Australia's Future Tax System

Architecture of Australia's tax and transfer system

7.6 Incentives to improve skills

In the same way the personal tax‑transfer system can influence an individual's decision to work, it can also influence the decision as to the type of work an individual undertakes. Skills and education are a major determinant of the hourly rate of earnings. Acquiring these skills and education is costly, both in terms of forgone income while learning and in direct costs of tuition. Improving skills is therefore an investment decision, and the tax transfer system acts both to subsidise the cost of this investment (directly and indirectly) and to reduce the after‑tax return from it.

Youth Allowance, Austudy and ABSTUDY are the main means of supporting an individual's participation in education and training. Youth Allowance, Austudy and ABSTUDY are means tested payments that provide some $2 billion annually and support 320,000 students (as at June 2008). There are many other ways in which both the States and the Australian Government subsidise the more direct costs of education and skill acquisition. In the 2006‑07 financial year, the Australian Government provided the university sector alone $5.86 billion while the States provided $508 million (ABS 2008b). The Higher Education Loan Program is also important for many people choosing to undertake further study.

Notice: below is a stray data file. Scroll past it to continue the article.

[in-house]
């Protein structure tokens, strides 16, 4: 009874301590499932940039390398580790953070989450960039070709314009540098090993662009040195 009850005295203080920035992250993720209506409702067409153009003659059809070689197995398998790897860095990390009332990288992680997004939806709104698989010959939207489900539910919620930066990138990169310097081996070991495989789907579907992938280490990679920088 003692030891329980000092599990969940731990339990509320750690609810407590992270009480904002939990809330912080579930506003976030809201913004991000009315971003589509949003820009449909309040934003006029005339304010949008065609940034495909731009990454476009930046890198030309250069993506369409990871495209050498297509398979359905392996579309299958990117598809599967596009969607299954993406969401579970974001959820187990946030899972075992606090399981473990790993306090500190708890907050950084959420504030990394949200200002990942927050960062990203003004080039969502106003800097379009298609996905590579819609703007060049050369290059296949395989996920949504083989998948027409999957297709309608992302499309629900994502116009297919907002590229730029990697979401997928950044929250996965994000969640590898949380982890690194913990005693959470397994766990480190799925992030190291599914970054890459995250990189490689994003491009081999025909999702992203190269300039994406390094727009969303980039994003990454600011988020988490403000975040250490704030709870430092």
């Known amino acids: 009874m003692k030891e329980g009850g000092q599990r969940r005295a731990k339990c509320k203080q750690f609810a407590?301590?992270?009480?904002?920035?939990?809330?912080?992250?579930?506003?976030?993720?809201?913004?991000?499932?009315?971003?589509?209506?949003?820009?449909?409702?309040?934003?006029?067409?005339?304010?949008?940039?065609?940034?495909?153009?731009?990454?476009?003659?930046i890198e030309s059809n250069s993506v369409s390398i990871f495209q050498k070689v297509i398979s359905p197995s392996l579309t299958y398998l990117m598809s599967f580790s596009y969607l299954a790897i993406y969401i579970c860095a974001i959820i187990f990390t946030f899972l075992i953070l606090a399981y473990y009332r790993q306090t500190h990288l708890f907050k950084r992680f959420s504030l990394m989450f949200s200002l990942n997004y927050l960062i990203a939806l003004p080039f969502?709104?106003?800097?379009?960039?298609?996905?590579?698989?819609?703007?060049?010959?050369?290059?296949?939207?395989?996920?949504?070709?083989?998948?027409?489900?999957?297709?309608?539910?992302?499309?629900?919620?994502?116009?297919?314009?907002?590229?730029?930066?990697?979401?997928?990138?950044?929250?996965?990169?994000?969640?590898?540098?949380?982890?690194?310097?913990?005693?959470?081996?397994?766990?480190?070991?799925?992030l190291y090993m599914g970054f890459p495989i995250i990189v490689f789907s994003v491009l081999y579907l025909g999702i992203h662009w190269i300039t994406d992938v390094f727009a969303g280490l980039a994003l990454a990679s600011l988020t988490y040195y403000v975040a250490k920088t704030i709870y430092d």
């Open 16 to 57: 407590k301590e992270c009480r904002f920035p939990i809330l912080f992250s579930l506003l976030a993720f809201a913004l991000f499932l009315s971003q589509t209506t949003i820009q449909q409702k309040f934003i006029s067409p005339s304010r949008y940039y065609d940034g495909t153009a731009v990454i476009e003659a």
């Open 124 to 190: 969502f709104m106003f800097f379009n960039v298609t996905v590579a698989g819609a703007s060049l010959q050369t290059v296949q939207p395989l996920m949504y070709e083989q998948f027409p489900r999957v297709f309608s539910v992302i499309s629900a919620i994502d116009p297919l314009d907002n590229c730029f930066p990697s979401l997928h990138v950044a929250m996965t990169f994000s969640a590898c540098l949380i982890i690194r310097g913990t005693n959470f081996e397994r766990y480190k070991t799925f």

As noted in Section 2, self‑education expenses that are directly linked to the individual's existing career are deductible. In 2005—06 over $834 million was claimed as self—education expenses (Chart 7.14). These costs are not deductible if the new skills are for a new career direction.

Loss of income can be seen as a form of personal investment, the cost of which is in effect deductible (equivalent to a post‑paid expenditure tax — see Box 6.1) and so treated concessionally relative to other forms of capital investment, especially when subsidies are included.

Chart 7.14: Total self‑education expenses

(average claim and percentage of claimants per income range in 2005‑06)(a)

Chart 7.14: Total self-education expenses (average claim and percentage of claimants per income range in 2005-06)(a)

  1. Average deduction does not include taxpayers who do not claim self‑education expenses.

Source: Australian Government administrative data.

The net effect of the personal tax‑transfer system on the return to the individual from improving their skills and hence the incentive to invest in skill formation is very difficult to determine.